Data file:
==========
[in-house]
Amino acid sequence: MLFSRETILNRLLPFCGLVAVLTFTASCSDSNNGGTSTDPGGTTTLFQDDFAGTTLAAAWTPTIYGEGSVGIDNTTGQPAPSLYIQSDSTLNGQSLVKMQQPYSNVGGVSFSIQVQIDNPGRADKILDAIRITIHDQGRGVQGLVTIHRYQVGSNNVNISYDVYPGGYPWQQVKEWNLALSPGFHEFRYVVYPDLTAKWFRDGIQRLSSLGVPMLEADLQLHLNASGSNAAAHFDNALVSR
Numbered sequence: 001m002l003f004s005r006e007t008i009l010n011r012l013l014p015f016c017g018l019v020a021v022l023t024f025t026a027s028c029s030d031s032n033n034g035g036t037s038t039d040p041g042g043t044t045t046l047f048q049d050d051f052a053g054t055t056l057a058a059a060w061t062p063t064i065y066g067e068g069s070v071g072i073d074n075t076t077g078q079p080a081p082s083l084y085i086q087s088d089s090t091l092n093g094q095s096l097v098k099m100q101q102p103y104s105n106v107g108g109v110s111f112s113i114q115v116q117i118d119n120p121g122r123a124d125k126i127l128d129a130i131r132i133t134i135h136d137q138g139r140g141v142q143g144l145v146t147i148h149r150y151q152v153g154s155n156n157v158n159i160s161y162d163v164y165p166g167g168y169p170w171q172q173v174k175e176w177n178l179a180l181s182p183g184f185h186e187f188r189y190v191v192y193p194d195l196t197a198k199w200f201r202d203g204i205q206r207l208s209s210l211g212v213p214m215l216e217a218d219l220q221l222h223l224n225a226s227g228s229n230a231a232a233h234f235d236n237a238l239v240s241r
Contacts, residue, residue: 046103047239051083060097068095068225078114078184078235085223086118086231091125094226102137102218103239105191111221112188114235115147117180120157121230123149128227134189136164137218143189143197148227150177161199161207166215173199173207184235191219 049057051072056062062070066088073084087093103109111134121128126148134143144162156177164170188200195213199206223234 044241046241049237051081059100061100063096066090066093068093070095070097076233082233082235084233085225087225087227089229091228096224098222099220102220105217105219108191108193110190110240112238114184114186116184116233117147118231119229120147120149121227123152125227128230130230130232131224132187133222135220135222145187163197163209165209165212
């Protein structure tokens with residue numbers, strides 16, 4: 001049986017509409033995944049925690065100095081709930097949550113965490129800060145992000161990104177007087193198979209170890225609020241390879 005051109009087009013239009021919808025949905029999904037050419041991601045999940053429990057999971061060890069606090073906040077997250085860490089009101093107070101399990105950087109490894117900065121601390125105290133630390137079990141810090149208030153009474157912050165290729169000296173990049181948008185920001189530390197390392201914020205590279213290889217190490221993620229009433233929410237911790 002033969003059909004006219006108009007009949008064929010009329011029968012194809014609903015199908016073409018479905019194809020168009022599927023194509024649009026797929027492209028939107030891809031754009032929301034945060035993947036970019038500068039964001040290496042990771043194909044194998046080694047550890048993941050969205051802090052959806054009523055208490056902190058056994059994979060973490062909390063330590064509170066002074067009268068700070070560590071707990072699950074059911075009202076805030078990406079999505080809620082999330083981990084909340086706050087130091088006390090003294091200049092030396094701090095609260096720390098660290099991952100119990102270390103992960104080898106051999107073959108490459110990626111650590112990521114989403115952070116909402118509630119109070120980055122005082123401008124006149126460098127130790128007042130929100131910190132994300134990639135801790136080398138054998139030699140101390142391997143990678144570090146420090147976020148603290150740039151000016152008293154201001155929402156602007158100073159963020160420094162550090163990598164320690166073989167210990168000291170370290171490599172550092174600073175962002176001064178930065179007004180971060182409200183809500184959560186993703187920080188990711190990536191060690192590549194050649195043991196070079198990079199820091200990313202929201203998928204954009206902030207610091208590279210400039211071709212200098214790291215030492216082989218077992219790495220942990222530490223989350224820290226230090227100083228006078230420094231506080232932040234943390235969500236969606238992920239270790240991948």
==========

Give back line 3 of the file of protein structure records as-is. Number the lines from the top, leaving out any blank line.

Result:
Numbered sequence: 001m002l003f004s005r006e007t008i009l010n011r012l013l014p015f016c017g018l019v020a021v022l023t024f025t026a027s028c029s030d031s032n033n034g035g036t037s038t039d040p041g042g043t044t045t046l047f048q049d050d051f052a053g054t055t056l057a058a059a060w061t062p063t064i065y066g067e068g069s070v071g072i073d074n075t076t077g078q079p080a081p082s083l084y085i086q087s088d089s090t091l092n093g094q095s096l097v098k099m100q101q102p103y104s105n106v107g108g109v110s111f112s113i114q115v116q117i118d119n120p121g122r123a124d125k126i127l128d129a130i131r132i133t134i135h136d137q138g139r140g141v142q143g144l145v146t147i148h149r150y151q152v153g154s155n156n157v158n159i160s161y162d163v164y165p166g167g168y169p170w171q172q173v174k175e176w177n178l179a180l181s182p183g184f185h186e187f188r189y190v191v192y193p194d195l196t197a198k199w200f201r202d203g204i205q206r207l208s209s210l211g212v213p214m215l216e217a218d219l220q221l222h223l224n225a226s227g228s229n230a231a232a233h234f235d236n237a238l239v240s241r